Coria "CC" Griggs cannot explain the pull she's long felt toward Haiti. It's a feeling she had throughout her upbringing in Louisiana, and it's what inspired her to finally hop on a plane to the island nation a few years ago. As she tells it, there is some sort of connection between her own Creole roots and Haitian culture — perhaps something generational that courses through her DNA. That's the only way she can wrap her head around the overwhelming feeling of coming home that came over her when she touched down in Port-au-Prince on her first trip to the country several years ago.
When you taste Griggs' Ayiti bowl, you too will get this sense. The dish, named after the Haitian Creole word for Haiti, tastes less like something you'd get from a takeout spot in the middle of old-school St. Charles than a slow-cooked meal spread before you in Grandma's western Hispaniola kitchen. Tender rice that tastes as if it has been steeped in coconut is topped with succulent pulled chicken that's spiced enough to make your mouth tingle but not so hot as to burn. Griggs places a plantain chip and pickled vegetables atop for garnish; this seems like enough of a flourish until you pour the accompanying sauce, pois, over the top. The deeply earthy Haitian red-bean paste wraps the Caribbean-inflected flavors with a richness so comforting that, like Griggs, you feel it in your soul.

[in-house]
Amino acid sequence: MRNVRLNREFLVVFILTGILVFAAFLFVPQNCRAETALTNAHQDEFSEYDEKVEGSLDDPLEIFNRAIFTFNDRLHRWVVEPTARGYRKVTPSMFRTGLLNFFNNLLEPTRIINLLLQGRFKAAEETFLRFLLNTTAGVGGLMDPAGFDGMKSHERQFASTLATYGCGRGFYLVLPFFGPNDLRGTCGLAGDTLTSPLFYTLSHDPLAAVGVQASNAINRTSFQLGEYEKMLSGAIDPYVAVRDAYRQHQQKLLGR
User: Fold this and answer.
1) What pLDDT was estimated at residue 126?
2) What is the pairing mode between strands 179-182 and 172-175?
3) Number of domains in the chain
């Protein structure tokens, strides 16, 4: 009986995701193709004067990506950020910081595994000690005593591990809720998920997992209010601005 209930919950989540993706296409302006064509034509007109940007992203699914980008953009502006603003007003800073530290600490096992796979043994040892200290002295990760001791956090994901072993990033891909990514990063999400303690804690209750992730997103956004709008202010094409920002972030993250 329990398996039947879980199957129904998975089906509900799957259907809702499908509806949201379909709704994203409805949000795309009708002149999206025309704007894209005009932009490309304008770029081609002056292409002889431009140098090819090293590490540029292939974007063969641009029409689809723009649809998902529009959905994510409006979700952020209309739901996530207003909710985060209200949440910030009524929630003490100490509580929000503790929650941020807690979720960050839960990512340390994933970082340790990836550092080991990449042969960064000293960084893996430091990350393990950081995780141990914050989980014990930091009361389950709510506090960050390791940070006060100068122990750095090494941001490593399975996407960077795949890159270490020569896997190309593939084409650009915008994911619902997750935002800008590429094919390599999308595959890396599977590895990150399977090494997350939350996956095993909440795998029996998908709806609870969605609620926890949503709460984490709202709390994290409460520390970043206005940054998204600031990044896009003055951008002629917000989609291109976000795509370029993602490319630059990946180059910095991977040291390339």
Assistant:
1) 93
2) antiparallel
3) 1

Many years ago, the thought of being the conduit for such culinary greatness would have been comical to Griggs. A native of Monroe, Louisiana, she describes being dragged, kicking and screaming, into her family's kitchen when her father insisted she learn how to cook. He said she'd need cooking skills if she ever got married. She pushed back, saying that she was going to marry rich.
Griggs laughs that she married broke, but her relationship had nothing to do with her burgeoning love for cooking. Instead, as she became more and more comfortable in the kitchen, she realized she had a passion for cooking and began to see food as a way to decompress from her corporate job with Express Scripts. Always on the hunt for cuisine that would remind her of her Louisiana upbringing, Griggs was continually disappointed and leaned on her own skills as a way to recreate those dishes in her spare time. Her coworkers benefited, and she began to develop a reputation as the office's resident cook. Over time, workplace potlucks evolved into requests for Griggs to cater special events and holiday parties, prompting her to leave behind her full-time gig to devote herself to her side hustle.
Griggs attended culinary school and worked as a private chef and in kitchens around town, always with the goal of owning a place. During that time, she also became obsessed with food-truck culture, and ultimately bought a truck of her own after working for others for a year. It took six months to get up the nerve to do something with it, but she finally took the leap with the help of a friend from New Orleans, opening the Crooked Boot food truck in 2016.
A mostly Creole concept with a little bit of Haitian food sprinkled in, the Crooked Boot developed a loyal following in the city's food-truck circuit. Though she had a small space in O'Fallon that served as a home base for the truck and regular crawfish boils, she wished for a place that could serve as both a permanent storefront and commissary kitchen. This February, she found it on the northeast side of St. Charles in the former home of Tango Argentina. With its sprawling kitchen, takeout counter and a handful of window seats, it became home base for the Crooked Boot's operations.